What a joy to be able to experience this variety of views and terrains. The walk is around 4 km and takes between 40 and 80 minutes depending upon the number of photographic stops and prevailing wind!

The four photos I have chosen represent the three main areas traversed. For the photo that heads this post I was intrigued to contrast the urban telephone lines with nature’s more colourful lines. The second photo below was created to set the portentous sky against the dazzling lime green, golden sunlit trees. The third photo juxtaposes nature’s winter bones with ugly man-made purpose; also lit by the same golden morning light. The final photo was created to reflect the lines of beach, wet sand, sea with yet more ominous clouds.

What a difference a little golden light makes to creation of beautiful photos!

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Oxwich Point Surf

As the father of an avid surfing son I often get dragged out to explore new surf spots. This way I have ventured out to places on the Gower, such as Pete’s Reef, Bluepool and now Oxwich Point, that I would probably not visit otherwise.

Oxwich Point, I am reliably informed by Taylor, only works as a surf break when there is a huge swell, low tide and south – westerly winds. These conditions have been pretty regular over this holiday season, as big swells have piled in on the back of ex hurricanes and Storm Frank.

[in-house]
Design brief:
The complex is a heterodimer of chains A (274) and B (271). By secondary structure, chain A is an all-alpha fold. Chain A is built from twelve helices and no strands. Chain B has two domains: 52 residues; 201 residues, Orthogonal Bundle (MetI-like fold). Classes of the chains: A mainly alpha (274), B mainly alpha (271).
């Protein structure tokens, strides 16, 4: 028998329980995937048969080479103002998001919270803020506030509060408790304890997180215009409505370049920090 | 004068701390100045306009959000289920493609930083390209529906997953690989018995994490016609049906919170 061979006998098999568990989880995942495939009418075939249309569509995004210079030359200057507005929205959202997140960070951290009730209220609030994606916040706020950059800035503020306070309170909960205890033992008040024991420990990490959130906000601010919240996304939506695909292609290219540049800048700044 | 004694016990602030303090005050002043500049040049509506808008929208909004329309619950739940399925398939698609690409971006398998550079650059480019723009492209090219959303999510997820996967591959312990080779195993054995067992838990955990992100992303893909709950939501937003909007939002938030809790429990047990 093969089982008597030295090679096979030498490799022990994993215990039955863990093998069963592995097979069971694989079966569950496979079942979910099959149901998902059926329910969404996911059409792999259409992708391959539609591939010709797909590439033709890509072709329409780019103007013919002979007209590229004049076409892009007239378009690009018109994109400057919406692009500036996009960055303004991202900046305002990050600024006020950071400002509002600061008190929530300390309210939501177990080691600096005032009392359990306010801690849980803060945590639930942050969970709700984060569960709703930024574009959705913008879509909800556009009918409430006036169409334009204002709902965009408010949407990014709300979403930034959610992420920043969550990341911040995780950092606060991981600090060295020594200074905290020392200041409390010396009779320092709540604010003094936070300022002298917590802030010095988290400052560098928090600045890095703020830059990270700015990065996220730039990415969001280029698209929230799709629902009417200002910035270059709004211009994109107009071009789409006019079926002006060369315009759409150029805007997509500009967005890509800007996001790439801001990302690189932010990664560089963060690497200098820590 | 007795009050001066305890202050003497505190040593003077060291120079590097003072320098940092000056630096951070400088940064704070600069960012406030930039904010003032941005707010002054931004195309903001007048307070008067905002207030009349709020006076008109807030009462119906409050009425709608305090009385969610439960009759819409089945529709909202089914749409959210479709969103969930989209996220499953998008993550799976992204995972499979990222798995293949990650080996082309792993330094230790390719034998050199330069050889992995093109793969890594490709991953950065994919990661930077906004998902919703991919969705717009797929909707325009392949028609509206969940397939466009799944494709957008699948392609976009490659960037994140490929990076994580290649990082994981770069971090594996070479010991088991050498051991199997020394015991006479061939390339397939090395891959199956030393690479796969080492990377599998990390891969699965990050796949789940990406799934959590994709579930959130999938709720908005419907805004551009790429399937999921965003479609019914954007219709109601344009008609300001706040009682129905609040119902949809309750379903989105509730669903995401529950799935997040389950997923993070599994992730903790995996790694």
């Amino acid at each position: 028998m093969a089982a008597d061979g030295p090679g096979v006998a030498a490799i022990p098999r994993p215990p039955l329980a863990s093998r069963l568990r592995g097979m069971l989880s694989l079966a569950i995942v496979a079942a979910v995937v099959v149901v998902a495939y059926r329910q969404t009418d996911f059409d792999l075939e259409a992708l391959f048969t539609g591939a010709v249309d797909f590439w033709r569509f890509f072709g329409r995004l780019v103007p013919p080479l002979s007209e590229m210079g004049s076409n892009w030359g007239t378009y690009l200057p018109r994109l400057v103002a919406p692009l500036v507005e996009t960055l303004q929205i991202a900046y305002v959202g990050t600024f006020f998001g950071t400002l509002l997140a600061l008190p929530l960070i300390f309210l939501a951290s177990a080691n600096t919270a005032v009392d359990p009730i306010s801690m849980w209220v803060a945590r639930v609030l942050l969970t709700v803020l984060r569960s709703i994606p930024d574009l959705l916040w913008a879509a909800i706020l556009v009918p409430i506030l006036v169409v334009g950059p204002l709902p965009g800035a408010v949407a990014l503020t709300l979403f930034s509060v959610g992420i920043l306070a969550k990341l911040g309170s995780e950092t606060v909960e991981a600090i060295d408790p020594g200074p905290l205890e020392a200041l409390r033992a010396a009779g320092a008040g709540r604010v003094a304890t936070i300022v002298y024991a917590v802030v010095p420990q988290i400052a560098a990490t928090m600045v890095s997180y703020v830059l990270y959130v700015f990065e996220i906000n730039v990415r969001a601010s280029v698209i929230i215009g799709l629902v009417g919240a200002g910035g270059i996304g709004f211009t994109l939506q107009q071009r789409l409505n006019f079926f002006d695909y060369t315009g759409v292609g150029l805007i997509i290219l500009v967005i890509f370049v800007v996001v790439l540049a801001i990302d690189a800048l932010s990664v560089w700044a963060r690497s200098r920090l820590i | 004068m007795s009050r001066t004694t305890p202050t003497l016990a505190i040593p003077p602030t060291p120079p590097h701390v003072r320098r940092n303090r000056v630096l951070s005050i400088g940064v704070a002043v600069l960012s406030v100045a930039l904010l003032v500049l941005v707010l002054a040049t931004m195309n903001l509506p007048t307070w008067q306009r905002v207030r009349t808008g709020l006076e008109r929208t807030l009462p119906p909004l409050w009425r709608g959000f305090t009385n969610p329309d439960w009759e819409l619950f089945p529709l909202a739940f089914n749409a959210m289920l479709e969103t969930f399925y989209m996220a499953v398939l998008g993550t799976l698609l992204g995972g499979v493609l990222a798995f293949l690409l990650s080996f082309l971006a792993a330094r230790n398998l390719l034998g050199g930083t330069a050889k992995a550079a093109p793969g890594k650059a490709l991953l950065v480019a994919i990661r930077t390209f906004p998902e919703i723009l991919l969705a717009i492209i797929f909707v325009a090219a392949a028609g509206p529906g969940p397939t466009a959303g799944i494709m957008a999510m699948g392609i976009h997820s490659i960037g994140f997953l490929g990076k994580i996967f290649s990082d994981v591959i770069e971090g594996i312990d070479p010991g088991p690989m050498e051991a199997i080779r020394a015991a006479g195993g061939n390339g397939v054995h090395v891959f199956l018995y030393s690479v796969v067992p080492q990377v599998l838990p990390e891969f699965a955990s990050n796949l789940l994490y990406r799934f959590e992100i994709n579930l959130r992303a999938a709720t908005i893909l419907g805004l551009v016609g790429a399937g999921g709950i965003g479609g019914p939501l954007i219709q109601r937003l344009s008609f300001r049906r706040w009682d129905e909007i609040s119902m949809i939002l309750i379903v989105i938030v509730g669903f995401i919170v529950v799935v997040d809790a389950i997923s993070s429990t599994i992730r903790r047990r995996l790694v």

It is a 10 minute walk out from the Oxwich car park, down to the Point. Most of the way there is a sandy route, only as you get close to the end is rock scrabbling required. The day we went there was a 50 mph wind whipping round the headland, providing a challenge just to stand upright whilst watching Taylor catching clean breaking 5-6ft waves.

It was interesting to be stood almost at 45° to the breaking wave, but unfortunately Taylor was then mainly surfing with his back to me. So I had to wait for a top turn to get a glimpse of his face – generally a desirous effect even for a surf photo! Anyway, here are my favourite few, with a final portrait as requested by his Grandmother.

 

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Twelve Photos

Would you like to take part in a monthly photo project? All you’ll need is a camera and a Facebook account. It’s just for fun and for the pleasure of having a monthly photo challenge.